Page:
The International Energy Agency December 2016 report shows the difference from the US$30 per barrel in January 2016 to today, and the changing oil market
In the IEA highlights, there has been a big emphasis on the OPEC talks and production cuts, and the global production cutbacks in order to bring the oil price up. As the report states, 'OPEC has agreed to cut output by 1.2mn bpd from January 2017 and secured a reduction of 558,000 bpd from non-OPEC.'
The reduction has been secured by OPEC talks in Vienna in November and December this year. The additional cuts were led by Russia and are expected to curb 2017 growth from non OPEC producers to 0.2mn bpd from the IEA's previous estimate of 0.5mn bdp.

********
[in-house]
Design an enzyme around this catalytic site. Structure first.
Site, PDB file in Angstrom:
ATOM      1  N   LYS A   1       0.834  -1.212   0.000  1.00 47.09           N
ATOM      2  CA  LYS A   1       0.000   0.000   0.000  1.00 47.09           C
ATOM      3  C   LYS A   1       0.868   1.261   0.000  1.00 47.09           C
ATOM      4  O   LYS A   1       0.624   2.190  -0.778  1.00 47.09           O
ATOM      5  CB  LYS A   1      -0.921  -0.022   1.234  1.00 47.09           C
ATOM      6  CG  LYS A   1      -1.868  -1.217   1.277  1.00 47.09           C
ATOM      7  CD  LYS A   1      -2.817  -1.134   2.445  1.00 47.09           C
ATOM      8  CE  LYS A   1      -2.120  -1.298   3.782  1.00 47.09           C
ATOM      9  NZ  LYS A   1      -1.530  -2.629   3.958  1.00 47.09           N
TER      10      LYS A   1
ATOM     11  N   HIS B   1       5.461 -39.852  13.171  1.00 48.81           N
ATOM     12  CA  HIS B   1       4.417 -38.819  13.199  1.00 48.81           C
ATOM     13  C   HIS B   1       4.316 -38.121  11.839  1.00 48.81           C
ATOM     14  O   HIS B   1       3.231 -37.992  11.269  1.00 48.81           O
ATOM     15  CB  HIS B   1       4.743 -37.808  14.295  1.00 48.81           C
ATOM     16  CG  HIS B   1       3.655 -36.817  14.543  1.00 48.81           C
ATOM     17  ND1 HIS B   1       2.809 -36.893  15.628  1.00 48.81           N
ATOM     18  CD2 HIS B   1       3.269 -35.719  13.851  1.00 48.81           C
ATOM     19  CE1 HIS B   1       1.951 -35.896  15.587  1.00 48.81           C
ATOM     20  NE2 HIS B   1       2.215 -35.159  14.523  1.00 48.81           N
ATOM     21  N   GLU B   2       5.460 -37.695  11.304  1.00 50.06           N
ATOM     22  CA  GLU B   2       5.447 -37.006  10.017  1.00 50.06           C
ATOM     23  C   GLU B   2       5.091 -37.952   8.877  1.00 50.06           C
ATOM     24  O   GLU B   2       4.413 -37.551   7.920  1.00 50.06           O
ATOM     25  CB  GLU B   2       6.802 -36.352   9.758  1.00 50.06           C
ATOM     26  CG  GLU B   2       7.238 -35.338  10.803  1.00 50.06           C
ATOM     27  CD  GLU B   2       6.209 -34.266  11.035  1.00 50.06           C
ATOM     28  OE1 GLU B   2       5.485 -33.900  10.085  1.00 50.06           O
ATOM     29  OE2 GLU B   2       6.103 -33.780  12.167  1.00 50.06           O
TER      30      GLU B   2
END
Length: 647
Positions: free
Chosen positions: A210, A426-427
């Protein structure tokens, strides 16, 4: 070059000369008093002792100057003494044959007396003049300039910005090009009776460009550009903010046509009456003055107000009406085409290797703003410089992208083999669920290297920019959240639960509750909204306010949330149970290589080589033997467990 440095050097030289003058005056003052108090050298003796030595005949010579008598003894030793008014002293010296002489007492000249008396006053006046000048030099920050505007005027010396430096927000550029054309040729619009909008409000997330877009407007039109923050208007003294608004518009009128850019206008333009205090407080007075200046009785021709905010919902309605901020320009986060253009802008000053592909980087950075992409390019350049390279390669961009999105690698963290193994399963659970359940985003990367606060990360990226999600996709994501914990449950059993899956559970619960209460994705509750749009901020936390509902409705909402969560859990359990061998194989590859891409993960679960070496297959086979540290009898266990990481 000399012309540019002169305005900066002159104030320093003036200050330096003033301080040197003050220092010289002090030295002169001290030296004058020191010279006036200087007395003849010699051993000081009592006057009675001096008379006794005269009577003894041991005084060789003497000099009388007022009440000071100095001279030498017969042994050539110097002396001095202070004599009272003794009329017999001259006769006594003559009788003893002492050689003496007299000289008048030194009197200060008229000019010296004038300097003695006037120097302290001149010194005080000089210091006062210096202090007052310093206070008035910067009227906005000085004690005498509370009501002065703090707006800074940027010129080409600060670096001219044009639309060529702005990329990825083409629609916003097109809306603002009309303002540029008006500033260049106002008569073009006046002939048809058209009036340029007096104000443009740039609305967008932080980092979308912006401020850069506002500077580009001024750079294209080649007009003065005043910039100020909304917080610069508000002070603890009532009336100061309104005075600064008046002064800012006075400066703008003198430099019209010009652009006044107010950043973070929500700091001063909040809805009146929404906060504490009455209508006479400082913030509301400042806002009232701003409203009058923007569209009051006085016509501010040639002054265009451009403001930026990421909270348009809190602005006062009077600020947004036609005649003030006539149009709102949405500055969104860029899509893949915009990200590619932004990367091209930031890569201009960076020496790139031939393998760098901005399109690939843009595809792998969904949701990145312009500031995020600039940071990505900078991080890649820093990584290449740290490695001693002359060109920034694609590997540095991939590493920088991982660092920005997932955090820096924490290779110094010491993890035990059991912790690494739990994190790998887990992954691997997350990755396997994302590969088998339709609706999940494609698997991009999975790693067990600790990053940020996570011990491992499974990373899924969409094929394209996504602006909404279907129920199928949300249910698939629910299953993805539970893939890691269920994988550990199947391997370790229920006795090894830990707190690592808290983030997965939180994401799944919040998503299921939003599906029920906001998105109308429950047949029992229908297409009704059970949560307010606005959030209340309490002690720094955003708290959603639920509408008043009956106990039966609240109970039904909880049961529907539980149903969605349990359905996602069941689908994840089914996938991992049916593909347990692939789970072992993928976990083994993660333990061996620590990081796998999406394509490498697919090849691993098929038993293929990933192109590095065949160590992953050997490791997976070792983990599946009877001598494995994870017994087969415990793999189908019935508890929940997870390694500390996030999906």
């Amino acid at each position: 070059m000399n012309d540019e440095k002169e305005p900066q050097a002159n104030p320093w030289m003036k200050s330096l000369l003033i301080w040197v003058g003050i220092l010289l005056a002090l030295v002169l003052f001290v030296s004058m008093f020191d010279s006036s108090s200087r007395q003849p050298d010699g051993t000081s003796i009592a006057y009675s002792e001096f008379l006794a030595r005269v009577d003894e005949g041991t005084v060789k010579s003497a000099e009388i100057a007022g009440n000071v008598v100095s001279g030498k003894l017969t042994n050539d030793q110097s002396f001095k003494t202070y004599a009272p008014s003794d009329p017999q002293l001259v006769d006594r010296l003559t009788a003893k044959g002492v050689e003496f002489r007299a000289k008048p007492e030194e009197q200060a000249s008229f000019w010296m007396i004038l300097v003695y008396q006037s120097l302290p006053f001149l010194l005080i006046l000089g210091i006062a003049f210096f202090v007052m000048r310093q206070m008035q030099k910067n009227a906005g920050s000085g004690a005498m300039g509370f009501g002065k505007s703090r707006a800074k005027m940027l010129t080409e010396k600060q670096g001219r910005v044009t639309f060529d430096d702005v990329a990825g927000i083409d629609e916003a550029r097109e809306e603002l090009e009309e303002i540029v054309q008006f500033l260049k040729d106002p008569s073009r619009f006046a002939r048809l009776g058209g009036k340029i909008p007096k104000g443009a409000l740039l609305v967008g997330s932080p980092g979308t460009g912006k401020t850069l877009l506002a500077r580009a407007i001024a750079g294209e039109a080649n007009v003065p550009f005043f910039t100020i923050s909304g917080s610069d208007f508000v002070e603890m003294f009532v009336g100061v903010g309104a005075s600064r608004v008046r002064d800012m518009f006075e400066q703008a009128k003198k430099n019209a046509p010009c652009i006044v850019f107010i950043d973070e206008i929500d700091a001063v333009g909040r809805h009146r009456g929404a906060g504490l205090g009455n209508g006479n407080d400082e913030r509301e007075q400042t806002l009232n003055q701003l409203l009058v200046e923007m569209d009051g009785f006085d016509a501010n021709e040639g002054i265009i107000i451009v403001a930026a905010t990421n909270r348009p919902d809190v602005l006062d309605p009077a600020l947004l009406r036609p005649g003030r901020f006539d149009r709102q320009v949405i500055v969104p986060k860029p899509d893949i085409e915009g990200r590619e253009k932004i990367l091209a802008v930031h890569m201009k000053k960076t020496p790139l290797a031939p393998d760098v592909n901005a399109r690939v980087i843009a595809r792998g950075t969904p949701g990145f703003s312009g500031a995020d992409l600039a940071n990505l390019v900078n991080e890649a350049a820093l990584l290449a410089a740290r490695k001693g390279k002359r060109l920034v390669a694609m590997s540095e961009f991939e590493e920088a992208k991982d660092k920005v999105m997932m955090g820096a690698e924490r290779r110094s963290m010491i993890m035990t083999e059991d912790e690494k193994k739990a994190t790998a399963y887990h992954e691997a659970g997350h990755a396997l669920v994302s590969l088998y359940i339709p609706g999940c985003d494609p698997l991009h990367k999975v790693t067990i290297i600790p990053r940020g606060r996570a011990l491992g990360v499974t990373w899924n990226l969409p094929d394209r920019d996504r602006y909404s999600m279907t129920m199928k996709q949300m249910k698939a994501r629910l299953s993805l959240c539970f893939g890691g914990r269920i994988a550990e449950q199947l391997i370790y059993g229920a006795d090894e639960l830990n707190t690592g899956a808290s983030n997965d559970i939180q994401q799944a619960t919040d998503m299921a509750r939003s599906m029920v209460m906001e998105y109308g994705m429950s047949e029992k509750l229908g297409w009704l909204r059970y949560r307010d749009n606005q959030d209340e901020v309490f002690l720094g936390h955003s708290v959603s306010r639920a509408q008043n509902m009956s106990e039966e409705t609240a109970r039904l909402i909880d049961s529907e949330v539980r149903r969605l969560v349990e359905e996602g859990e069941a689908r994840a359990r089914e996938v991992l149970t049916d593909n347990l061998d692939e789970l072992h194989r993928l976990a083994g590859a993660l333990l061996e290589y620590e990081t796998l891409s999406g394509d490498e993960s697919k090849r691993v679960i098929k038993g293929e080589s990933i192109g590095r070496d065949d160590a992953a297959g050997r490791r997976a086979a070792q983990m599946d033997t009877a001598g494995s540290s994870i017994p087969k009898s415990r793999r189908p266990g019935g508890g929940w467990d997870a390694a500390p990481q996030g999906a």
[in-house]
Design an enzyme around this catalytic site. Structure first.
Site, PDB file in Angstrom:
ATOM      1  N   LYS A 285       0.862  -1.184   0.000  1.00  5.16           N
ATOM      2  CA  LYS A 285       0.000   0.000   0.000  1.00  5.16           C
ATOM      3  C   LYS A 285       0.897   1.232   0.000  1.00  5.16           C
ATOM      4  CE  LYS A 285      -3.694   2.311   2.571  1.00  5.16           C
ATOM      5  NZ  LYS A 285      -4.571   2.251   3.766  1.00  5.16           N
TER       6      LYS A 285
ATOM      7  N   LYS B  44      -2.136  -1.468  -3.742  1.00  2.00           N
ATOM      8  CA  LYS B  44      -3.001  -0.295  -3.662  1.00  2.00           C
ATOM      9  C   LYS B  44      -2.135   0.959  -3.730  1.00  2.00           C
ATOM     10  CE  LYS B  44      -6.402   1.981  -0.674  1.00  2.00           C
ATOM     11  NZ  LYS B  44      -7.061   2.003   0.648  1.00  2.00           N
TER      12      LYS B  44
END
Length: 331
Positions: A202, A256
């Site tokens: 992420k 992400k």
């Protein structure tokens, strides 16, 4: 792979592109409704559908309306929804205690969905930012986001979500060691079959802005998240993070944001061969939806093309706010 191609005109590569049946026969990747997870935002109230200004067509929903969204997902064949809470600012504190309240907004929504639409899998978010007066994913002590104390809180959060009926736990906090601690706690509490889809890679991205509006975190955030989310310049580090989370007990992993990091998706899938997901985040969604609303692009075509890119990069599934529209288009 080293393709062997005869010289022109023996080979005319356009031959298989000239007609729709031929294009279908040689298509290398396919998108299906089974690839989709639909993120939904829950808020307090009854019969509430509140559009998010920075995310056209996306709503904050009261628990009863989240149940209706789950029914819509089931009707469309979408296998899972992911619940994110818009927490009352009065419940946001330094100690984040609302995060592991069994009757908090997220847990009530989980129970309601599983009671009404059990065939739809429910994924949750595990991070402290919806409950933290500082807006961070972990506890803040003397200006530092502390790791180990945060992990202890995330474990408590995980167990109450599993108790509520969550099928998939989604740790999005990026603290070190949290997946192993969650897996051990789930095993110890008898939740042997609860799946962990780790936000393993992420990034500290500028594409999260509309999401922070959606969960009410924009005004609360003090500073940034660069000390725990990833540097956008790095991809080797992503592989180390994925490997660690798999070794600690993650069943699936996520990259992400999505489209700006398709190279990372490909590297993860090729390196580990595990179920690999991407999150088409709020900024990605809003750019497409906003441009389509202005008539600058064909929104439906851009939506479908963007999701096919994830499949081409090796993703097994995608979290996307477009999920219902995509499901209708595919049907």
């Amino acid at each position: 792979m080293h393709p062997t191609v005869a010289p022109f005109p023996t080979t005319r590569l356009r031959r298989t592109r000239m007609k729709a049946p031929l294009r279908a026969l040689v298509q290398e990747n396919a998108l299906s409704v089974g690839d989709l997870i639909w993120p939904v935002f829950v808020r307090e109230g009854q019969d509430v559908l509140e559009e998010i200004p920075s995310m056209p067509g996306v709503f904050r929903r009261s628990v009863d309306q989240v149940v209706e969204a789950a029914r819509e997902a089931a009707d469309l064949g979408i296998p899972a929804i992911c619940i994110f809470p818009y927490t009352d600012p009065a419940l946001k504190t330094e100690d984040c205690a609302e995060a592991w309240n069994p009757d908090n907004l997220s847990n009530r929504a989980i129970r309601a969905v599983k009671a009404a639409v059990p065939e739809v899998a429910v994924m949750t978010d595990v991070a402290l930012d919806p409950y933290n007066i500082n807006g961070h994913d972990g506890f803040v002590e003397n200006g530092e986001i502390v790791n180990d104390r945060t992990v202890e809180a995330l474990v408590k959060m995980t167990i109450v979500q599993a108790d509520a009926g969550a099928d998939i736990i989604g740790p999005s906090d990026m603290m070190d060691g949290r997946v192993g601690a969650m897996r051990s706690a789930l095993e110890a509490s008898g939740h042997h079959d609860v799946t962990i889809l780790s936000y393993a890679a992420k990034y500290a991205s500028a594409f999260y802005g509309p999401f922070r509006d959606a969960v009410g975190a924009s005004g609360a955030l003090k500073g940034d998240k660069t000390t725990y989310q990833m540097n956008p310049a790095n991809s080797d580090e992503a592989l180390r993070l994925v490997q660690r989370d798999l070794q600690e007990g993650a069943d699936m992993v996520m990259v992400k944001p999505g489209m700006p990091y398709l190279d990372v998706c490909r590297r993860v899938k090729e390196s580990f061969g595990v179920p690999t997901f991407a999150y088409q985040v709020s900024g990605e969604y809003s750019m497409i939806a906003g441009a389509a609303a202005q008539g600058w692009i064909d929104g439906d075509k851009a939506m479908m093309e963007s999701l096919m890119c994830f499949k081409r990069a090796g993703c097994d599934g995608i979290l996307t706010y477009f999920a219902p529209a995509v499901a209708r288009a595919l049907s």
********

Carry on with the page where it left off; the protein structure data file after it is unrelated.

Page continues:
Despite this, global oil supplies in November were at a record high, 98.2 mn bpd, as OPEC production cancelled out the drop in non-OPEC output. In addition, global oil demand has grown to 1.4mn bpd, 120,000 bpd above the IEAs original forecast, with strong US numbers and changes to China's demand being the key to oil demand growth.
The main story has been the addition of US$10 per barrel following the cut of production by OPEC and non-OPEC. This saw the loses that hit the oil markets in November to reversed in December.